Text Mining for a Worthy Cause

I recently received an e-mail from the charity “jeans for genes” introducing me to “black bone disease“, a rare genetic disease without a cure. It is more formally known as “Alkaptonuria” (OMIM entry) and is a defect in the homogentisate 1,2-dioxygenase gene (HGD) which leads to a toxic build-up of homogentisic acid in the blood, causing the symptoms of the disease.

Interestingly a re-purposed herbicide, nitisinone, is currently being investigated as a possible treatment for the disease based on its previous re-purposing as a therapy in related genetic disorder, Type 1 Tyrosinemia.

The story starts in 1977 when a researcher in California observed that relatively few weeds were growing under the bottlebrush (Callistemon) plants in his backyard. Analytical chemistry of the soil fractions revealed the active compound to be the natural product Leptospermone. Traditional ligand based optimization of this compound led to the effective herbicides mesotrione (Syngenta’s Callisto) and nitisinone being synthesized and tested in 1984, with the first patents on this class of herbicides appearing in 1986 (e.g. US 4780127). At the point these patents were filed/granted, the mechanism of action and protein target weren’t yet known, although they were experimentally proven to be toxic to plants but harmless to mammals. Much later it was discovered that these compounds worked by inhibiting the enzyme 4-hydroxyphenylpyruvate dioxygenase (HPPD) which blocks the synthesis of chlorophyll and leads to “bleaching” and eventual plant death.

It is the role that HPPD plays in human metabolism that make these herbicides so interesting as therapeutic agents. The pathway diagram below describes the five enzymatic steps (arrows) in the degradation metabolism of tyrosine.

Defects in these various enzymes responsible for each step lead to a number of related diseases: Problems with the first step, tyrosine-transaminase, cause type 2 tyrosinemia; the second step, p-Hydroxylphenylpyruvate-dioxygenase (HPPD) is our herbicide target for which defects cause type 3 tyrosinemia; step three, homogentisate dioxygenase (HGD) causes alkaptonuria (aka black bone disease); and step 5, 4-fumaryl-acetoacetate hydrolase causes type 1 tyrosinemia.

In the case of type 1 tyrosinemia, it was noticed that those patients with active HPPD had a more severe form of the disease, so it was hypothesized that a HPPD inhibitor may be beneficial. At the time Zeneca worked on both pharmaceuticals and crop protection and were able to evaluate their proven-safe herbicide nitisinone directly in the clinic. In what seems incredible by the standards of today’s pharmaceutical pipelines, their US 5550165 patent filing describes the administration to, and recovery of, sick infants and children, where it is now more usual for a drug candidate to spend years in phase I, II and III clinical trials after a patent is granted before it gets approved by the FDA.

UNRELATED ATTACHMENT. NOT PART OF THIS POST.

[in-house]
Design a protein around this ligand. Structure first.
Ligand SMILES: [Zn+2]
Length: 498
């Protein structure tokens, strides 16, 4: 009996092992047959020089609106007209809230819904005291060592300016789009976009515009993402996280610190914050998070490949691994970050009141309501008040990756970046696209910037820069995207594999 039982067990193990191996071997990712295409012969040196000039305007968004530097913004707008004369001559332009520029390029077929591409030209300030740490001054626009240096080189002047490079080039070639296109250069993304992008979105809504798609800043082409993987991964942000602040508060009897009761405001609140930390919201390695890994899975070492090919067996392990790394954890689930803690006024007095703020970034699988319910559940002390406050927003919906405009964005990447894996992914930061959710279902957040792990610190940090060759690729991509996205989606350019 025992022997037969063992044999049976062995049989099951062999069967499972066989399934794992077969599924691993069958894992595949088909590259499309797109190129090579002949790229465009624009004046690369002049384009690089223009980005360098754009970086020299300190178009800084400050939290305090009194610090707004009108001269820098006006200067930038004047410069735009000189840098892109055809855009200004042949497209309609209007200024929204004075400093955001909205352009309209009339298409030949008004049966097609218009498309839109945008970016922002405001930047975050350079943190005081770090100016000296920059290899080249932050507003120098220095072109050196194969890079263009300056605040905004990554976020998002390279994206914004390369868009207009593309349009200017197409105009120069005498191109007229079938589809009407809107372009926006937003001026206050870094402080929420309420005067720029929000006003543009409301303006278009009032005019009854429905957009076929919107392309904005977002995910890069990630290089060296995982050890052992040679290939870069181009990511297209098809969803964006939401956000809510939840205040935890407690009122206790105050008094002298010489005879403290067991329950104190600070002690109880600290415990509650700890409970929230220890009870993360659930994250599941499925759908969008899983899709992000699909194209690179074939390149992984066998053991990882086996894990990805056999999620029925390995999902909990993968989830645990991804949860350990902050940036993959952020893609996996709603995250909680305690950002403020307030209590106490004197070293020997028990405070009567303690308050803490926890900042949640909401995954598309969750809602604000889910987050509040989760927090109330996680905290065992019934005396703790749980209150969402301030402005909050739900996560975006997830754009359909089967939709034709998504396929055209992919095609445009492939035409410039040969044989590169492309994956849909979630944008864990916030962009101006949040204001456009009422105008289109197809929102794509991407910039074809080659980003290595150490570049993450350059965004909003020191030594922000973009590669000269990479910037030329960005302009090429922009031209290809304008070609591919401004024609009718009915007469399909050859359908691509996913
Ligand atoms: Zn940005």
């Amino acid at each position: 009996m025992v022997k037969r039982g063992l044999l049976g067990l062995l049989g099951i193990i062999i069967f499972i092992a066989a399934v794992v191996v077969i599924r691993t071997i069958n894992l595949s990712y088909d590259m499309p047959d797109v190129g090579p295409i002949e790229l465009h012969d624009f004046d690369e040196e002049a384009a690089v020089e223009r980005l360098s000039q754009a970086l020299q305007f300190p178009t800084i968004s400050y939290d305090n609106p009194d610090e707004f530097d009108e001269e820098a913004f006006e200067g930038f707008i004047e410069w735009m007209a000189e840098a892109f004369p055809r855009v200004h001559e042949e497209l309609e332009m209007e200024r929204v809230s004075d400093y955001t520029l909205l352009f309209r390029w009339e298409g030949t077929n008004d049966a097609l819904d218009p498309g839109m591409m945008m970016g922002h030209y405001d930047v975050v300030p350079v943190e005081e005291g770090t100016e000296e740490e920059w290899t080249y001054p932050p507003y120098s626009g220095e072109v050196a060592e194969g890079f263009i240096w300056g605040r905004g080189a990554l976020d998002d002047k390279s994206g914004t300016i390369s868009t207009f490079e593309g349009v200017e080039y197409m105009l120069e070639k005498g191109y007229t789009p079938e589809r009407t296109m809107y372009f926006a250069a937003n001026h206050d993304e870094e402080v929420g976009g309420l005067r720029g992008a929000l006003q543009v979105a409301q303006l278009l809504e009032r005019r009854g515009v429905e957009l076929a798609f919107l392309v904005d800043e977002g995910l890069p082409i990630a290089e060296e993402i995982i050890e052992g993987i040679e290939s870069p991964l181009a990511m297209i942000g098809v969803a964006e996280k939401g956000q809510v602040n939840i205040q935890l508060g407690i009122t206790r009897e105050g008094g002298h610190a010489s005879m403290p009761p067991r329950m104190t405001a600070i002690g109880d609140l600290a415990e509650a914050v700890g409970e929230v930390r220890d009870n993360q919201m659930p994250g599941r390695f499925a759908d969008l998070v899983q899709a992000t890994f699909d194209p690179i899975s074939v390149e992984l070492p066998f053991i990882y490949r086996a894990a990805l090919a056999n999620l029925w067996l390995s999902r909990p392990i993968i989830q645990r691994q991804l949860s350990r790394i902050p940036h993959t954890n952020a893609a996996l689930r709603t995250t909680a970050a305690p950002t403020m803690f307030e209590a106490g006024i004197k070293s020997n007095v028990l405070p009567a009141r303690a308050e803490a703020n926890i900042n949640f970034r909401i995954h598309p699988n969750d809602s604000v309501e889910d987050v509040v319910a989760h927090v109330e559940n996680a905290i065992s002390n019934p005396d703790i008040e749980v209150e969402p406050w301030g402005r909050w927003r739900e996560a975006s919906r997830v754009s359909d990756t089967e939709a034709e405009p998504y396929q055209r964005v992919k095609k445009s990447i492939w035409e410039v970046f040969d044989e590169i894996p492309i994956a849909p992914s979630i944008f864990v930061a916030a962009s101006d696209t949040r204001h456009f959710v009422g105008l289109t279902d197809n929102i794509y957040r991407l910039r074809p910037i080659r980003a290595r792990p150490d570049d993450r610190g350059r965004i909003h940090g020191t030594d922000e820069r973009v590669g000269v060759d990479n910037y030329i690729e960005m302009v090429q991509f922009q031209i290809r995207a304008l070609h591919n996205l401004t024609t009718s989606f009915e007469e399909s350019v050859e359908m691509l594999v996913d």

HPPD inhibitors can be anticipated to treat alkaptonuria by much the same mechanism:
By blocking the formation of the toxic metabolite homogentisate, and causing tyrosine
to be metabolised via alternate routes.

One of the goals of modern text mining is to automatically discover links such as those between the above two patents, US4780127 and US5550165. Unfortunately, a range of technical issues complicate the process: In common with many pharmaceutical patent filings, the drug target is not known or not mentioned, so it is necessary to identify and annotate compound classes or modes of action such as “kinase inhibitor”, “beta-blocker”, “herbicide” or “antibiotic”. The large number of synonyms and typographical variants of enzyme and disease names requires the use of synonym dictionaries or ontologies to recognize that “tyrosine transaminase” is the same entity as “tyrosine aminotransferase” is the same as “EC“. Finally, as revealed by the mistake “tyosinemia” in the title of the above US 5550165, documents in real life frequently contain spelling errors, making it impossible to find the most relevant documents when searching for a keyword like “tyrosinemia” (without automatic spelling correction).

These are exactly the types of challenges our LeadMine software attempts to tackle.

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